Gene silencing reveals a specific function of hVps34 phosphatidylinositol 3-kinase in late versus early endosomes Article (Web of Science)


  • The human type III phosphatidylinositol 3-kinase, hVps34, converts phosphatidylinositol (PtdIns) to phosphatidylinositol 3-phosphate [PtdIns(3)P]. Studies using inhibitors of phosphatidylinositide 3-kinases have indicated that production of PtdIns(3)P is important for a variety of vesicle-mediated trafficking events, including endocytosis, sorting of receptors in multivesicular endosomes, and transport of lysosomal enzymes from the trans-Golgi network (TGN) to the endosomes and lysosomes. This study utilizes small interfering (si)RNA-mediated gene silencing to define the specific trafficking pathways in which hVps34 functions in human U-251 glioblastoma cells. Suppression of hVps34 expression reduced the cellular growth rate and caused a striking accumulation of large acidic phase-lucent vacuoles that contain lysosomal membrane proteins LAMP1 and LGP85. Analysis of these structures by electron microscopy suggests that they represent swollen late endosomes that have lost the capacity for inward vesiculation but retain the capacity to fuse with lysosomes. Morphological perturbation of the late endosome compartment was accompanied by a reduced rate of processing of the endosomal intermediate form of cathepsin D to the mature lysosomal form. There was also a reduction in the rate of epidermal growth factor receptor (EGFR) dephosphorylation and degradation following ligand stimulation, consistent with the retention of the EGFR on the limiting membranes of the enlarged late endosomes. By contrast, the suppression of hVps34 expression did not block trafficking of cathepsin D between the TGN and late endosomes, or endocytic uptake of fluid-phase markers, or association of a PtdIns(3)P-binding protein, EEA1, with early endosomes. LAMP1-positive vacuoles were depleted of PtdIns(3)P in the hVps34-knockdown cells, as judged by their inability to bind the PtdIns(3)P probe GFP-2xFYVE. By contrast, LAMP1-negative vesicles continued to bind GFP-2xFYVE in the knockdown cells. Overall, these findings indicate that hVps34 plays a major role in generating PtdIns(3)P for internal vesicle formation in multivesicular/late endosomes. The findings also unexpectedly suggest that other wortmannin-sensitive kinases and/or polyphosphoinositide phosphatases may be able to compensate for the loss of hVps34 and maintain PtdIns(3)P levels required for vesicular trafficking in the early endocytic pathway or the TGN.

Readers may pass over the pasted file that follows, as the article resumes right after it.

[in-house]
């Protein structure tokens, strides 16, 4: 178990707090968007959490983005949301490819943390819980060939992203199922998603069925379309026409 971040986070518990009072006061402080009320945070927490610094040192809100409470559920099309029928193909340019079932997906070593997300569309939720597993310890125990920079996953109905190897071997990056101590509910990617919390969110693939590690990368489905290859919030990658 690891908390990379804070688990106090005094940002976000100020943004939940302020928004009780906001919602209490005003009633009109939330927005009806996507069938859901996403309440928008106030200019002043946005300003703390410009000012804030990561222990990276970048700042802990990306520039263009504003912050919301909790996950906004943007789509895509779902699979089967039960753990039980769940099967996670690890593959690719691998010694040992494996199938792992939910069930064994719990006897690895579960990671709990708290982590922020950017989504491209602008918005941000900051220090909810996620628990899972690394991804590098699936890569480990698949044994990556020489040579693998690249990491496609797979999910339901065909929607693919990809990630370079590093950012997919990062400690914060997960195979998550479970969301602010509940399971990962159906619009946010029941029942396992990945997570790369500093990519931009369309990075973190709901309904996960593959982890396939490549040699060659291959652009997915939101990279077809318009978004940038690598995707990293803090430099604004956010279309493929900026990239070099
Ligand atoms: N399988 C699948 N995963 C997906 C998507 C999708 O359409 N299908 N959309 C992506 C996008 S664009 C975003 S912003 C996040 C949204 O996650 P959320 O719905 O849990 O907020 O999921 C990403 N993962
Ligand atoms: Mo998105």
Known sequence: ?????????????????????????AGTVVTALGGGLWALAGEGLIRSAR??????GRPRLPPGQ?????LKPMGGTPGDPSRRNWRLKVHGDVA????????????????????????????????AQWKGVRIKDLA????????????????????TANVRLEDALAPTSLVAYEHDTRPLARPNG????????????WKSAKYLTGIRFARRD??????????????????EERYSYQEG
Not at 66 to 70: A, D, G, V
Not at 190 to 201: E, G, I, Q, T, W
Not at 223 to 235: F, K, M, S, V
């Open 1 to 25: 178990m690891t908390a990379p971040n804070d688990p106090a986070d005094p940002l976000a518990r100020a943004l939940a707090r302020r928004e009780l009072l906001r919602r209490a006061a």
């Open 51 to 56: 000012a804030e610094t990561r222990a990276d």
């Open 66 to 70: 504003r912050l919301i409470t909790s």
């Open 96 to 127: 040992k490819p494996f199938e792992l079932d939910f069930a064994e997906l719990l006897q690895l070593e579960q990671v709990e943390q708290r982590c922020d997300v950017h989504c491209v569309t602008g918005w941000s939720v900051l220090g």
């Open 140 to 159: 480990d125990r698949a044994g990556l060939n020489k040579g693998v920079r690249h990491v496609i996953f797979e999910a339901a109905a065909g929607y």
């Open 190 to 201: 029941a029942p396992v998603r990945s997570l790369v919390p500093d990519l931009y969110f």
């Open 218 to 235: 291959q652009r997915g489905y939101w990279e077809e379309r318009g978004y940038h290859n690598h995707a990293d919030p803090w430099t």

publication date

  • 2006

published in

number of pages

  • 13

start page

  • 1219

end page

  • 1232


  • 119


  • 7